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Metaphors in Psalm 130

This entry is part 6 of 13 in the series

"Out of the Depths"

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Last week I pointed out that since Psalm 130 is a song, we cannot treat it like a Pauline epistle. We need to explore the poetic elements of the psalm to let it do for us what the original author(s) intended for it to communicate.

First, songs often make use of artistic metaphors to create an image. A metaphor is a representative symbol; it is a picture that is not literally true, but that communicates a truth in a deeper way than it would otherwise.

The most obvious metaphor in this psalm is found in the first line: “Out of the depths.” This phrase paints a picture; it captures our imaginations and draws us into the world the poet is painting. “The depths” here signifies something like a deep pit or deep waters. The author is not literally in a pit or drowning in a deep body of water; rather, he is using an artistic metaphor that creates an image of how we should feel about our sin.

Imagine that you were in Houston when Hurricane Harvey hit, and you’re in your home, and gradually water begins to creep under your doors, and then it begins to rise. And you’re caught in a room as the water reaches your knees, and then your waist, and then it’s up to your chest, and it’s still rising. That’s the picture the psalmist is painting. What kind of desperation would you feel? What would your cries for help look like?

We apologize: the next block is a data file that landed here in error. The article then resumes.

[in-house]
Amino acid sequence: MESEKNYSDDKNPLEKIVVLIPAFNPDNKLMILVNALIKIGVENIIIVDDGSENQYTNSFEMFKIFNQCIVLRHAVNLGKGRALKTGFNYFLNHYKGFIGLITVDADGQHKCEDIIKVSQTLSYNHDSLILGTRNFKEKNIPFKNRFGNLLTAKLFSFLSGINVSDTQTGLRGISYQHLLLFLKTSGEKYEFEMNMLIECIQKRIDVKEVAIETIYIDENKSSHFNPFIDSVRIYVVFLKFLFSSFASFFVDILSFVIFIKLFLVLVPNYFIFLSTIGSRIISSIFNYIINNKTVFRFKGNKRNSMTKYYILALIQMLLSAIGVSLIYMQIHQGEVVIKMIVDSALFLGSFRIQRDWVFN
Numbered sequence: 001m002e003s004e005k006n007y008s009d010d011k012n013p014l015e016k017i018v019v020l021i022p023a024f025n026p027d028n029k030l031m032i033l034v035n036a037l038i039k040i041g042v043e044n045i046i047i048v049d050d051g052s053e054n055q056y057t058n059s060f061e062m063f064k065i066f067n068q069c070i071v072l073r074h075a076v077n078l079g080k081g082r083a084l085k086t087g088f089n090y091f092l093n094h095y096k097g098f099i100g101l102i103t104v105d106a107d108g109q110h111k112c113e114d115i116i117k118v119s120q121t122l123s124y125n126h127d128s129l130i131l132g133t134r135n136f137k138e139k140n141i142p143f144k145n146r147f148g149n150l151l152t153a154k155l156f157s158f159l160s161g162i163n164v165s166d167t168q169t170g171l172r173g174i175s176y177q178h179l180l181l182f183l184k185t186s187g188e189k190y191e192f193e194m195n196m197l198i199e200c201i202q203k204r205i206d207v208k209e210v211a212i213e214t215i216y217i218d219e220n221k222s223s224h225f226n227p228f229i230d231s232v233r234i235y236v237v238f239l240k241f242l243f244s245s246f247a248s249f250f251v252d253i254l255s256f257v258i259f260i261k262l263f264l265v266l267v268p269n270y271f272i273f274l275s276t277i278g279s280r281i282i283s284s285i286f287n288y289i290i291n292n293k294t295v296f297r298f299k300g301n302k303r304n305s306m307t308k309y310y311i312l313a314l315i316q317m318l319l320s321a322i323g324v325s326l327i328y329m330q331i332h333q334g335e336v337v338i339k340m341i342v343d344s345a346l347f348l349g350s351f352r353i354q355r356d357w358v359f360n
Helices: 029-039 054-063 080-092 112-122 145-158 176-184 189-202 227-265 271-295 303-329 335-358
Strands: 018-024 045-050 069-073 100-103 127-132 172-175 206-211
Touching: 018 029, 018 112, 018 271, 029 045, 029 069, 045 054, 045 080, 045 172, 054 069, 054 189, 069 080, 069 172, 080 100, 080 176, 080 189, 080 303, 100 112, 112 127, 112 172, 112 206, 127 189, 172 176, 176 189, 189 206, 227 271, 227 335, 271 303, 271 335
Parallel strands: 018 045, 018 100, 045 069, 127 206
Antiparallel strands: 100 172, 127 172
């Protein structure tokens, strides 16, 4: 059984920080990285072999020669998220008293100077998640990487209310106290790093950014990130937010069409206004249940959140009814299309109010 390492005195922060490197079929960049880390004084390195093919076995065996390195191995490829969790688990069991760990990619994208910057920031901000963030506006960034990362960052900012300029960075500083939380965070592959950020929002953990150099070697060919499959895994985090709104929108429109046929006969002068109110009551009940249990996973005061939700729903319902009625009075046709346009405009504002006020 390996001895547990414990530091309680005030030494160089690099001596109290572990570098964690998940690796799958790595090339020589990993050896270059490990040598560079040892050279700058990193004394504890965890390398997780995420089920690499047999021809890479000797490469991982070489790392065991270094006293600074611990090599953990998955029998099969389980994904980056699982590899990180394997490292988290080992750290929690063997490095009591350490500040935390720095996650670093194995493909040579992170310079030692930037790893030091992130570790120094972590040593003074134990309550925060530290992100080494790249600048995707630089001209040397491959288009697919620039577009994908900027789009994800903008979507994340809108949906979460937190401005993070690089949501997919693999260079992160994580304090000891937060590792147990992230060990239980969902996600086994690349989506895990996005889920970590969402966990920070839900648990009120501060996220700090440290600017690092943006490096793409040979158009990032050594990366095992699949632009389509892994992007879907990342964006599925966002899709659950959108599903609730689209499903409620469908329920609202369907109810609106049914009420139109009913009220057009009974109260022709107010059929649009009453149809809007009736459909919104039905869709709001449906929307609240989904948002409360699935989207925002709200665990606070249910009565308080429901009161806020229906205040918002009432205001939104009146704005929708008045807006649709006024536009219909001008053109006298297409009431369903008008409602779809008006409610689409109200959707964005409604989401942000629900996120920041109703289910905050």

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Singing: Response to Who God Is and What He Has Done

This is how the psalmist wants us to view sin in our lives. It creeps in slowly under the doors of our lives, and at first it may not seem like a big deal, but as unconfessed sin continues to rise, pretty soon it’s up to our knees, and then up to our waists, and then up to our chests, and we’re in real trouble.

And when that happens, God wants us to cry out to him in desperation: “Out of the depths of my sin I cry to you, O Lord! O Lord, hear my voice! Let your ears be attentive to the voice of my please for mercy!”

Psalm 69 expresses something similar when the psalmist cries, “Save me, O God! For the waters have come up to my neck. I sink in deep mire, where there is no foothold; I have come into deep waters, and the flood sweeps over me. I am weary with my crying out; my throat is parched. My eyes grow dim with waiting for my God. . . . Deliver me from sinking in the mire!”

So the author is creating a poetic experience of desperation that he wants us to enter as we consider our sin. He is not just telling us that we should feel desperate about our sin, he shows us artistically through the use of this metaphor. This is what a song does.

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Scott Aniol

About Scott Aniol

Scott Aniol is the founder and Executive Director of Religious Affections Ministries. He is Chair of the Worship Ministry Department at Southwestern Baptist Theological Seminary, where he teaches courses in ministry, worship, hymnology, aesthetics, culture, and philosophy. He is the author of Worship in Song: A Biblical Approach to Music and Worship, Sound Worship: A Guide to Making Musical Choices in a Noisy World, and By the Waters of Babylon: Worship in a Post-Christian Culture, and speaks around the country in churches and conferences. He is an elder in his church in Fort Worth, TX where he resides with his wife and four children. Views posted here are his own and not necessarily those of his employer.

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